|-----------------------------------------------------|
          |               GMA  Convergence Sublayer             |
          |-----------------------------------------------------|
          | MX Adaptation  | MX Adaptation | MX Adaptation      |
          | Sublayer       | Sublayer      | Sublayer           |
          | (optional)     | (optional)    | (optional)         |
          |-----------------------------------------------------|
          | Access #1 IP   | Access #2 IP  | Access #3 IP       |
          +-----------------------------------------------------+
 Figure 2: MAMS U-plane Protocol Stack with GMA as MX Convergence Layer

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Figure 3 shows the trailer-based Multi-Access (MX) PDU (Protocol Data
Unit) format [GMA]. If the MX adaptation method is UDP tunneling and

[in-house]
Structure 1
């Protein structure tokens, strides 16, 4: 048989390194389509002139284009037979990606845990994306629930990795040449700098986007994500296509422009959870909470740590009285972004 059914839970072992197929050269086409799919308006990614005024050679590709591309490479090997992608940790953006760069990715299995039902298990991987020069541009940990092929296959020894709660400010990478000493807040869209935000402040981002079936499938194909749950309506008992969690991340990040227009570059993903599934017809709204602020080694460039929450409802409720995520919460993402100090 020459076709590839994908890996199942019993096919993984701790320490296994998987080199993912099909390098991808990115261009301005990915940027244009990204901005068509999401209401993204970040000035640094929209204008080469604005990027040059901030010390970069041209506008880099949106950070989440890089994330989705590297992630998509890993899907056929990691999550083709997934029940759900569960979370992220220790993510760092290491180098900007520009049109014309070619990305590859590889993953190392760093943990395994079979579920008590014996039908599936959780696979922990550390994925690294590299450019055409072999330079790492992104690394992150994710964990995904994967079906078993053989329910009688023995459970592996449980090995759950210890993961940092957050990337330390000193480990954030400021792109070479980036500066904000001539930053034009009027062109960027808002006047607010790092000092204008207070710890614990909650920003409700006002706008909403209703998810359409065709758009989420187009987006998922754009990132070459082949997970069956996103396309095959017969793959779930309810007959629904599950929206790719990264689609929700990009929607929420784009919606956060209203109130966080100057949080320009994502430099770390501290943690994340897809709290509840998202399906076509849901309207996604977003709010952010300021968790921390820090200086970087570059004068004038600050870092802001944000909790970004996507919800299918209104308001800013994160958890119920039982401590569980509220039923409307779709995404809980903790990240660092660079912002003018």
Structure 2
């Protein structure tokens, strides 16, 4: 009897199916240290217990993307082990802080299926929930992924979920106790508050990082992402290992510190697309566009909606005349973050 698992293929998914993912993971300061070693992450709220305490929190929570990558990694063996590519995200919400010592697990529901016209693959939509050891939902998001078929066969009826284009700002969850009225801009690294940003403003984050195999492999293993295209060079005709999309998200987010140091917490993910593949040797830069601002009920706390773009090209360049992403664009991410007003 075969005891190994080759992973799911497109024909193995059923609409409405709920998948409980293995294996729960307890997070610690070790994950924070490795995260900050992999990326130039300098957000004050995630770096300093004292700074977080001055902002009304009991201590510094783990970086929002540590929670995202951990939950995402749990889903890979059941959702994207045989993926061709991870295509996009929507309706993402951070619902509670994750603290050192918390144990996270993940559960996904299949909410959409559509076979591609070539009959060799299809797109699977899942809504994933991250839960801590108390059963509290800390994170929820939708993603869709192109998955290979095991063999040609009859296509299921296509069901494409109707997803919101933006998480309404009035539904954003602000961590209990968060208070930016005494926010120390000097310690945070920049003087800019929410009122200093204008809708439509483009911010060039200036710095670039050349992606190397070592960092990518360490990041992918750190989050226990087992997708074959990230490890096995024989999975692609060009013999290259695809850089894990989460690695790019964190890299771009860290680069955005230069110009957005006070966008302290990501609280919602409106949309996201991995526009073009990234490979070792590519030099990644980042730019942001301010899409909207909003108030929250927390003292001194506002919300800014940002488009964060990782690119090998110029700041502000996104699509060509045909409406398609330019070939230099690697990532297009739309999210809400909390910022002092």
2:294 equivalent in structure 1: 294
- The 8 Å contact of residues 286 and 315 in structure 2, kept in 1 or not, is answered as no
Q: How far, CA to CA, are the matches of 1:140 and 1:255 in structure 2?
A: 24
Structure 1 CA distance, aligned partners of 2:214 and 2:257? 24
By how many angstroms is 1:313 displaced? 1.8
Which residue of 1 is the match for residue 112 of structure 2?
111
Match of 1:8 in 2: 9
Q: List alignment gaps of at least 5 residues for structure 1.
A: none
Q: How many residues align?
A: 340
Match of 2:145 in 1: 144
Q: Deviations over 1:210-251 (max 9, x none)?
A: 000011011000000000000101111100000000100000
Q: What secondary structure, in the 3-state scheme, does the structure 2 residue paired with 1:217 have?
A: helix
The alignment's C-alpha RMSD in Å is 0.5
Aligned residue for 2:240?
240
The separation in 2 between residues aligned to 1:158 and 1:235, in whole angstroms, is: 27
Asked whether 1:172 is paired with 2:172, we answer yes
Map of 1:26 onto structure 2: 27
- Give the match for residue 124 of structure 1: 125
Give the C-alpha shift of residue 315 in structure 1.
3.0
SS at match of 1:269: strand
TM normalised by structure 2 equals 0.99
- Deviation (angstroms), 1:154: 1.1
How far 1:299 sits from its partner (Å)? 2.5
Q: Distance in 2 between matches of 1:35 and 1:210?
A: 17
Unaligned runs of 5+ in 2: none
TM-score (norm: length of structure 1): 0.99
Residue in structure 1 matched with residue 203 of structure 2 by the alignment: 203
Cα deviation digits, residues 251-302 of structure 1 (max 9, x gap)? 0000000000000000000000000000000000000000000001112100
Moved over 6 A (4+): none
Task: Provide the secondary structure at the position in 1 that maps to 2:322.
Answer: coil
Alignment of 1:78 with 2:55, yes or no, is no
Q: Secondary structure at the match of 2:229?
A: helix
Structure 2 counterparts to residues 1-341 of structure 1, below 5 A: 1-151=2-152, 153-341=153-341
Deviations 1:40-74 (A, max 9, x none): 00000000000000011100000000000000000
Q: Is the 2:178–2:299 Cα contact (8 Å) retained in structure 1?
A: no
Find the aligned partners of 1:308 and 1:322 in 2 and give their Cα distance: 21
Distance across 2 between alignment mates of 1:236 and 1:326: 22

"MX header optimization" in the "MX_UP_Setup_Configuration_Request"
message [MAMS] is true, the "IP length" and "IP checksum" header fields
of the MX PDU SHOULD remain unchanged. Otherwise, they should be
updated after adding or removing the GMA trailer in the convergence
sublayer.

          +------------------------------------------------------+
          | IP hdr |        IP payload             | GMA Trailer |
          +------------------------------------------------------+
                         Figure 3: GMA PDU Format

4.3  MPTCP-based MX Convergence Sublayer

Figure 4 shows the MAMS u-plane protocol stack based on MPTCP. Here, MPTCP
is reused as the "MX Convergence Sublayer" protocol. Multiple access
networks are combined into a single MPTCP connection. Hence, no new u-
plane protocol or PDU format is needed in this case.

          |-----------------------------------------------------|